Send to

Choose Destination
Obesity (Silver Spring). 2006 Sep;14(9):1523-34.

Effects of resistant starch, a non-digestible fermentable fiber, on reducing body fat.

Author information

Human Nutrition and Food Division, School of Human Ecology, Louisiana State University Agriculture Center, Baton Rouge, LA 70803, USA.



To assess the effects of energy dilution with non-fermentable and fermentable fibers on abdominal fat and gut peptide YY (PYY) and glucagon-like peptide (GLP)-1 expressions, three rat studies were conducted to: determine the effects of energy dilution with a non-fermentable fiber, compare similar fiber levels of fermentable and non-fermentable fibers, and compare similar metabolizable energy dilutions with fermentable and non-fermentable fibers.


In Study 1, rats were fed one of three diets with different metabolizable energy densities. In Study 2, rats were fed diets with similar fiber levels using high amylose-resistant cornstarch (RS) or methylcellulose. In Study 3, rats were fed diets with a similar dilution of metabolizable energy using cellulose or RS. Measurements included food intake, body weight, abdominal fat, plasma PYY and GLP-1, gastrointestinal tract weights, and gene transcription of PYY and proglucagon.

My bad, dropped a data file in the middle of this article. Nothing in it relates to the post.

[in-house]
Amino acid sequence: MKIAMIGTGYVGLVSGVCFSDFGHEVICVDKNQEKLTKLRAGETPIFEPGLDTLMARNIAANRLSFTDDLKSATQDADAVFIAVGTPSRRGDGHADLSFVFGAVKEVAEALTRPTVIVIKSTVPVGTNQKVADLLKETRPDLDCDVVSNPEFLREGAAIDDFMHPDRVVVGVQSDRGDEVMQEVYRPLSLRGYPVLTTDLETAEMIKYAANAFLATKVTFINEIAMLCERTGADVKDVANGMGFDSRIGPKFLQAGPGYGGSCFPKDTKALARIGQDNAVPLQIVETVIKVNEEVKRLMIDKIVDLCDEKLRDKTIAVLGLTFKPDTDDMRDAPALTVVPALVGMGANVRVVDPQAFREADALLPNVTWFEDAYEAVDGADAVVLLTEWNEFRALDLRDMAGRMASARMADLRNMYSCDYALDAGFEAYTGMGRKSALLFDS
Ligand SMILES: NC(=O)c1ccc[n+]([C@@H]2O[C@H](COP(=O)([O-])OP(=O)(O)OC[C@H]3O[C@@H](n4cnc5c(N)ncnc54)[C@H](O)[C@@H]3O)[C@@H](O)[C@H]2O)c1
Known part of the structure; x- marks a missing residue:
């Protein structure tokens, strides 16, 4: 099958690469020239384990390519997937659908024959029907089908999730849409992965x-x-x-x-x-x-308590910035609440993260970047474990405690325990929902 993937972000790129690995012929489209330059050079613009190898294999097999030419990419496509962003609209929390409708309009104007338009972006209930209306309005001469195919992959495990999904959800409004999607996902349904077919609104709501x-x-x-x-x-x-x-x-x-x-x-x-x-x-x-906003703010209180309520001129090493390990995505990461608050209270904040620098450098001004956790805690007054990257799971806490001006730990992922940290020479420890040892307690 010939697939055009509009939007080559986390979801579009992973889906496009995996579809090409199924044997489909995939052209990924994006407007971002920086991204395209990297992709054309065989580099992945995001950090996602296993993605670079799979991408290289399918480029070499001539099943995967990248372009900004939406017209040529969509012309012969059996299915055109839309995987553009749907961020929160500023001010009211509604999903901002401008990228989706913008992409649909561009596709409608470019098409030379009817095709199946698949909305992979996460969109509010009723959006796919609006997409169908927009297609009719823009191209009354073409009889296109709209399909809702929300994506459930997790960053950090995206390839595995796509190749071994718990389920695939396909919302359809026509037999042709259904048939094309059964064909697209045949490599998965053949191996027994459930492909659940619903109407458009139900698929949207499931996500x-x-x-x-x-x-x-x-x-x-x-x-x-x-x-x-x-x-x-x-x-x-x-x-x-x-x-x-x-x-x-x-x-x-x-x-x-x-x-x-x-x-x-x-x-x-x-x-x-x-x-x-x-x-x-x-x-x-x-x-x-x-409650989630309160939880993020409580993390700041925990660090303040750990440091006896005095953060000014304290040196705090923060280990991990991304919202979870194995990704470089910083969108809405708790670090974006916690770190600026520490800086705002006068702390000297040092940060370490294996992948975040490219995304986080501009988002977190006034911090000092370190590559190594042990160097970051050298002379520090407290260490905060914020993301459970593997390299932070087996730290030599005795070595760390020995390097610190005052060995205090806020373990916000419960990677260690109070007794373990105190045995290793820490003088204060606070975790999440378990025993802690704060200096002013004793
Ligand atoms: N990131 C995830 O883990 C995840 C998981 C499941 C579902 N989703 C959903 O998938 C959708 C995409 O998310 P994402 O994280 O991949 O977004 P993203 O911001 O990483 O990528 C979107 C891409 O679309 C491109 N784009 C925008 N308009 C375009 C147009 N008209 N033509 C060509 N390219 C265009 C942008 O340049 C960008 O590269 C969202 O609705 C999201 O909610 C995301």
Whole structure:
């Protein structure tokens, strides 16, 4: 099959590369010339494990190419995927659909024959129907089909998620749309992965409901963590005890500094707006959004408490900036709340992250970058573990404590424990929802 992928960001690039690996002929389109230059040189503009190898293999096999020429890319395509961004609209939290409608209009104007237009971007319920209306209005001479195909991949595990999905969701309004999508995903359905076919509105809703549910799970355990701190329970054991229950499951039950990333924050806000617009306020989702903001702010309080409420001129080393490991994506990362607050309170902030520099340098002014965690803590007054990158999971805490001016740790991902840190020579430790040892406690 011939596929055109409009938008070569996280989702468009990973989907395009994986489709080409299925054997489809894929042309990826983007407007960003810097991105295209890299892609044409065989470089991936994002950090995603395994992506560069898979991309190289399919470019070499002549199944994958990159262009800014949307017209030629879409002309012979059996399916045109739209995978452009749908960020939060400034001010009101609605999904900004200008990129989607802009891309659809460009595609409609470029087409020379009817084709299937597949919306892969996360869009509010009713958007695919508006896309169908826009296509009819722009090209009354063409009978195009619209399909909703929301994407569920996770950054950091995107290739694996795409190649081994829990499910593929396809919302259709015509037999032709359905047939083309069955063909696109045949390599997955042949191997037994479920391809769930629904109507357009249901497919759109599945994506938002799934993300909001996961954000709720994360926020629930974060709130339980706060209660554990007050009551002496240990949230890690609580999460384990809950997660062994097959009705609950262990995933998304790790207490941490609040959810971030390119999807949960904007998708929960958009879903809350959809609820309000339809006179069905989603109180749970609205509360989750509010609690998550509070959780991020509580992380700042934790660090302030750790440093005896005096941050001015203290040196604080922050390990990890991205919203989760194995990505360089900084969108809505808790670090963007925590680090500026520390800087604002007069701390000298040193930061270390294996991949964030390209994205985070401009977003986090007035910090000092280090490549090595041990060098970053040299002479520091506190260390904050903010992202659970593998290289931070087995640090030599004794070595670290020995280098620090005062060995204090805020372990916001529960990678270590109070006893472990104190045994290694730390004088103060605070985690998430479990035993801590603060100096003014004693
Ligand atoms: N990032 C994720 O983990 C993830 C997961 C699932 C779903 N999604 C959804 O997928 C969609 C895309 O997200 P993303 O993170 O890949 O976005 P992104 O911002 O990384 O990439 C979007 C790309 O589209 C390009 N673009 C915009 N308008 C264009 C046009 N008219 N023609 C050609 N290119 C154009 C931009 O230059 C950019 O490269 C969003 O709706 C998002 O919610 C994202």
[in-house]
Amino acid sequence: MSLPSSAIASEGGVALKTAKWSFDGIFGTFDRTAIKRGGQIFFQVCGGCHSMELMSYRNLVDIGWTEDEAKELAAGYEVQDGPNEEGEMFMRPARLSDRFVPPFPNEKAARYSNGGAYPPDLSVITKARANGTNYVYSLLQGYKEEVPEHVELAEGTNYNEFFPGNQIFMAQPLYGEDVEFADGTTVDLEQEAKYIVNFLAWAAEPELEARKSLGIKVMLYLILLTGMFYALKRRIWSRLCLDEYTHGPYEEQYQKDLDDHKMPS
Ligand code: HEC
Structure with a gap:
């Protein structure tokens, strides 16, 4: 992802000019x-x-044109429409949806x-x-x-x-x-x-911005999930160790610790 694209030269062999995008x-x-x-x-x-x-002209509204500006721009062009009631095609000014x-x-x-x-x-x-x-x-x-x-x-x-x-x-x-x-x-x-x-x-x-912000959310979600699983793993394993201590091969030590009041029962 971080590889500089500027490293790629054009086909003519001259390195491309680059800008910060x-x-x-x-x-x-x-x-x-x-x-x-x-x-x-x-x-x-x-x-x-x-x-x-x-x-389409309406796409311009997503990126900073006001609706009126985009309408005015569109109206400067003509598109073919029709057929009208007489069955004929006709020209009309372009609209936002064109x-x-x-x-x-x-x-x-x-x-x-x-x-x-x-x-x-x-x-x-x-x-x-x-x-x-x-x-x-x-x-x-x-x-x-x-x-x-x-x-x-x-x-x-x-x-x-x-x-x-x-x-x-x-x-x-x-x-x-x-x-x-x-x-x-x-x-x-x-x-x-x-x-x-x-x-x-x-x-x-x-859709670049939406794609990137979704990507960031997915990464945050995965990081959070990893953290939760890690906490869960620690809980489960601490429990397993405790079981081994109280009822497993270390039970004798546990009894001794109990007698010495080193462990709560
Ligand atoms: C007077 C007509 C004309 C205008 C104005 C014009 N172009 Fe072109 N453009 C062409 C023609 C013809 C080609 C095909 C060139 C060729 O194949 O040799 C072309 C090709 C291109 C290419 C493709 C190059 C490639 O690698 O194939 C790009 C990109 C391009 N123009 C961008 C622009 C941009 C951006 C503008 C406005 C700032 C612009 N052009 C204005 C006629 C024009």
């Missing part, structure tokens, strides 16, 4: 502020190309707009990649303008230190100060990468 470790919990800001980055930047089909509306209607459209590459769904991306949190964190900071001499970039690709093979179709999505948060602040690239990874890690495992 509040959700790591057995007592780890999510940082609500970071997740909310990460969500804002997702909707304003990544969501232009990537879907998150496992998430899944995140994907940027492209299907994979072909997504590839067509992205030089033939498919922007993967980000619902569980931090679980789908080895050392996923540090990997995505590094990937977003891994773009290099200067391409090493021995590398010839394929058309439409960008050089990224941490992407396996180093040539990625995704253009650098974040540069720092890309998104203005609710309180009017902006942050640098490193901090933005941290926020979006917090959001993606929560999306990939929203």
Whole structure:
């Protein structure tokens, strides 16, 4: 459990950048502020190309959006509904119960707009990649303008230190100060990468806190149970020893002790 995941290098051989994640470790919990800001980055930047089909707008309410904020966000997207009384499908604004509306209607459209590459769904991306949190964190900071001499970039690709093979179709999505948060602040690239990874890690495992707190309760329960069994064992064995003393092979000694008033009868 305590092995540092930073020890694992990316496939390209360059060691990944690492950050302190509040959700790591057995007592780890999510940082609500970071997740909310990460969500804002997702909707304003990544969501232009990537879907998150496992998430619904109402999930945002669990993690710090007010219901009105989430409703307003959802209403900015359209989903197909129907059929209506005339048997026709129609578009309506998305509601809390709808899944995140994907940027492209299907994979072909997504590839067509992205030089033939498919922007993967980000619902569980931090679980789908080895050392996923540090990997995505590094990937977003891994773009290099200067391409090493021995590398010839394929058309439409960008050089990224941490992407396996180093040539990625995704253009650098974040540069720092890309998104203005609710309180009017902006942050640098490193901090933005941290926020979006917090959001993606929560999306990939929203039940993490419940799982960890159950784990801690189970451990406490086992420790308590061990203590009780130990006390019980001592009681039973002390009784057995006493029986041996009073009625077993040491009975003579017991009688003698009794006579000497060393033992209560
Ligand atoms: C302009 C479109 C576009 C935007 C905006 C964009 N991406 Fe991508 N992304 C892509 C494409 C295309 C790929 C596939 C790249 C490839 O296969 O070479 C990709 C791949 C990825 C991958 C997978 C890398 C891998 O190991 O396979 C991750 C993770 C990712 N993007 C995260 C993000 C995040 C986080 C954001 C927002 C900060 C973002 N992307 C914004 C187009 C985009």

Energy dilution resulted in decreased abdominal fat in all studies. In Study 2, rats fed fermentable RS had increased cecal weights and plasma PYY and GLP-1, and increased gene transcription of PYY and proglucagon. In Study 3, RS-fed rats had increased short-chain fatty acids in cecal contents, plasma PYY (GLP-1 not measured), and gene transcription for PYY and proglucagon.


Inclusion of RS in the diet may affect energy balance through its effect as a fiber or a stimulator of PYY and GLP-1 expression. Increasing gut hormone signaling with a bioactive functional food such as RS may be an effective natural approach to the treatment of obesity.

[Indexed for MEDLINE]
Free full text

Supplemental Content

Full text links

Icon for Wiley
Loading ...
Support Center